Acts of Desperation

01 Oct

Acts of Desperation

The Monetary Authorities Have Fixed Nothing, Learned Nothing

“As of the end of July, central banks had cut interest rates 164 times in 147 days and committed $8.5 trillion in stimulus.”

That is the word from a Bloomberg News story this week, “How Unconventional Monetary Policy Turned Conventional.”

The unconventional has become conventional, eh?  The account describes temporary emergency measures becoming long-lasting.

It’s not hard to read between the lines of this kind of stuff.  It means that the steps the authorities have taken to deal with a crisis didn’t work.  Nothing was cured, except that the patient became addicted to the medication.

Bloomberg:

“As this graphic from Bloomberg shows, most central banks are diving deeper into the unknown. The Fed is buying different types of bonds, the ECB is getting creative with negative interest rates, and Australia has adopted Japanese-style efforts to control bond yields.

“With the global recovery still uncertain and the virus set to leave scars on employers and employees, the likelihood is that monetary policy will stay ultra-loose for years to come — even if that means central banks artificially propping up markets or sparking a run-up in prices.”

The story goes on to describe additional steps central banks may take, “of formerly fringe notions gaining in prominence.”  It specifically mentions Modern Monetary Theory (MMT) among them.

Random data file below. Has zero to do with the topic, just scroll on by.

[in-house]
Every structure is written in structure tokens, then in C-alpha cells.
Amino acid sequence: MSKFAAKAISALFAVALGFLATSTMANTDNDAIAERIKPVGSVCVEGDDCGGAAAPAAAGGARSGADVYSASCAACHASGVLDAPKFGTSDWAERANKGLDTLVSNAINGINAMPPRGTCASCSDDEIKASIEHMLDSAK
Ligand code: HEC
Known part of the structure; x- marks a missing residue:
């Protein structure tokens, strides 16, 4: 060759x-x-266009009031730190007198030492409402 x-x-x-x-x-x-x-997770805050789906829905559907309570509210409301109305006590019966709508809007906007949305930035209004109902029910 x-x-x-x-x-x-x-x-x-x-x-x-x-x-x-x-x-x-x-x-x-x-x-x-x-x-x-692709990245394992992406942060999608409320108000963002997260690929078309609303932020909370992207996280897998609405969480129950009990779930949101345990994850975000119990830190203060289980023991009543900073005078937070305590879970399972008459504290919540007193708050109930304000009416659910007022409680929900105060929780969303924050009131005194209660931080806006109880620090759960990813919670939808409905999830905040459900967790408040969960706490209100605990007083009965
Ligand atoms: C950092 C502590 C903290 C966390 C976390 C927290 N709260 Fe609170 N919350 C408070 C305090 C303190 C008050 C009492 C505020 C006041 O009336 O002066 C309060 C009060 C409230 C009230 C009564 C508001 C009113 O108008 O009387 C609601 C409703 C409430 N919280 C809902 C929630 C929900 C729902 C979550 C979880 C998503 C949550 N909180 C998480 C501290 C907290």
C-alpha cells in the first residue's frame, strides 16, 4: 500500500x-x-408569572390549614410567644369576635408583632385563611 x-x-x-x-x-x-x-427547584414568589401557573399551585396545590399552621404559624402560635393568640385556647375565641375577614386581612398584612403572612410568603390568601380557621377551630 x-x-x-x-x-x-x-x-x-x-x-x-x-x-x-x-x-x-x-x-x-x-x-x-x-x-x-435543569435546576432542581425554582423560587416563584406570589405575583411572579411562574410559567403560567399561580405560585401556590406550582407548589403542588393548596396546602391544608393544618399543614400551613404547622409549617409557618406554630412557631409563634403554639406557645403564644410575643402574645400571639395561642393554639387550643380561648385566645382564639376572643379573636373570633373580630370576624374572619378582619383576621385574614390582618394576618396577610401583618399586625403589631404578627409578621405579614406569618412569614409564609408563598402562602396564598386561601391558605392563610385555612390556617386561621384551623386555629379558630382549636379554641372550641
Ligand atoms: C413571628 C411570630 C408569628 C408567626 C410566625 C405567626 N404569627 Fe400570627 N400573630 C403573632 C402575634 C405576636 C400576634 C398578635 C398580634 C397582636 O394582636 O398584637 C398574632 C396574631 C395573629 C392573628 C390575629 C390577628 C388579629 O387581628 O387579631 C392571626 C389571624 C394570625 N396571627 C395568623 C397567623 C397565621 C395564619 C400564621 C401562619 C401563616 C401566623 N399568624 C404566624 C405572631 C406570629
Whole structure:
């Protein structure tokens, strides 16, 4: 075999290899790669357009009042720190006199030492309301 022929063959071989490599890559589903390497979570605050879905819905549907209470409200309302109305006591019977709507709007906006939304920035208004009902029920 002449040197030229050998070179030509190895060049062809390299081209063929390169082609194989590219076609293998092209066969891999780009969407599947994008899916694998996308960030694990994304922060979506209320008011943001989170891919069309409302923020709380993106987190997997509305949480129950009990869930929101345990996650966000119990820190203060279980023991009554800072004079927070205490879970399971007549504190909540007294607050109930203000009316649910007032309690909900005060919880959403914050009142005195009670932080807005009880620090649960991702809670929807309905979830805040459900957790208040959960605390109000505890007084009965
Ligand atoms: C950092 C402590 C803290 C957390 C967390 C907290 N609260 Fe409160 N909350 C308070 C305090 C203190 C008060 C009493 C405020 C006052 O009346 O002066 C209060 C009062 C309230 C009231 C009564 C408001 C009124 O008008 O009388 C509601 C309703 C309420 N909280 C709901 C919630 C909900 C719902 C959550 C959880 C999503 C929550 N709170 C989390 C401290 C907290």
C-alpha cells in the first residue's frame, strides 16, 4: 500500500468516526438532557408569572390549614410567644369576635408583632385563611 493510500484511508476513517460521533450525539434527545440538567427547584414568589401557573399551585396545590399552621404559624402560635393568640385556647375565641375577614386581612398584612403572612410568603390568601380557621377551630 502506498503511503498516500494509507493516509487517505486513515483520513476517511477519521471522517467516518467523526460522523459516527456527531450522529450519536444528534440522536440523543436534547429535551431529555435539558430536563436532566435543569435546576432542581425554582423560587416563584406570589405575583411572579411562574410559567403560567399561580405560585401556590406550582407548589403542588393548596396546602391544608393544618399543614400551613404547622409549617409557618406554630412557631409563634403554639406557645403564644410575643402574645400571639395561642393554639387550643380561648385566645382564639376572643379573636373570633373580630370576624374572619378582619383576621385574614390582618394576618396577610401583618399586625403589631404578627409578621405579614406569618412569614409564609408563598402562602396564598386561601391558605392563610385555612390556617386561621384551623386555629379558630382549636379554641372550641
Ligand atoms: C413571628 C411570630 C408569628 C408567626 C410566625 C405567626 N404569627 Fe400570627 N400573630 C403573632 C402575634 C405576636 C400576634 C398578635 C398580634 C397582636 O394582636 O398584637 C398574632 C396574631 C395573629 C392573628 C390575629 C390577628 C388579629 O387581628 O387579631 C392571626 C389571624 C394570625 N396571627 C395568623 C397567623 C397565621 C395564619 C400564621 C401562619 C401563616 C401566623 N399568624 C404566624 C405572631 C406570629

We have described MMT many times including in April, MMT and Helicopter Money.  We wrote then that “MMT is all the rage.  Academics who should know better (and they would know better if they had studied historical schemes like John Law’s Mississippi Bubble debacle three hundred years ago) are climbing aboard.  And politicians, many of whom will subscribe to any scheme that allows them to promise to give things to people and get re-elected, are falling all over themselves to sign up.”

There are other acts of desperation afoot.  Just last week we wrote that “Fed economists and officials are hunched over their drawing boards designing different ways to insert freshly created digital money directly into citizens’ (and perhaps even non-citizens’) accounts.”

The US fiat monetary system is beginning to fail.  The people don’t yet notice it, although the authorities are turning to increasingly desperate ideas to keep it together. But acts of desperation are almost always ill-considered and seldom successful.

Eventually everyone will recognize these acts of desperation.  Those that do so now are investing in gold and silver.

You should consider contacting us if you are among them.

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